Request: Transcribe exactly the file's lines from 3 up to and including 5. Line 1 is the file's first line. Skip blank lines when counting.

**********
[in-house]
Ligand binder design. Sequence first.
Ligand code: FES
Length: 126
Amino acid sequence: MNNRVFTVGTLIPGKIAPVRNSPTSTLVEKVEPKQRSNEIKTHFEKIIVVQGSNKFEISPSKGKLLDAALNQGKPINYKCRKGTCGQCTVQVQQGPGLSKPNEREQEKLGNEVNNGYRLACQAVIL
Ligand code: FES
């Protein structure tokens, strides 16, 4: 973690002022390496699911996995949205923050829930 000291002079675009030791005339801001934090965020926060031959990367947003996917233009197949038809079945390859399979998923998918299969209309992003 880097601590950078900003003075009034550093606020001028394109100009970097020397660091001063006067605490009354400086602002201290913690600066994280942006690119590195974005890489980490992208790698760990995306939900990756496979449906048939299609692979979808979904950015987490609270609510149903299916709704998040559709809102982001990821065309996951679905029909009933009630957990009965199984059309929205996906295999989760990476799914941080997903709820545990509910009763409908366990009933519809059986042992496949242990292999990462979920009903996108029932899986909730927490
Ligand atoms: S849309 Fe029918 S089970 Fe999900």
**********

Ligand code: FES
Length: 126
Amino acid sequence: MNNRVFTVGTLIPGKIAPVRNSPTSTLVEKVEPKQRSNEIKTHFEKIIVVQGSNKFEISPSKGKLLDAALNQGKPINYKCRKGTCGQCTVQVQQGPGLSKPNEREQEKLGNEVNNGYRLACQAVIL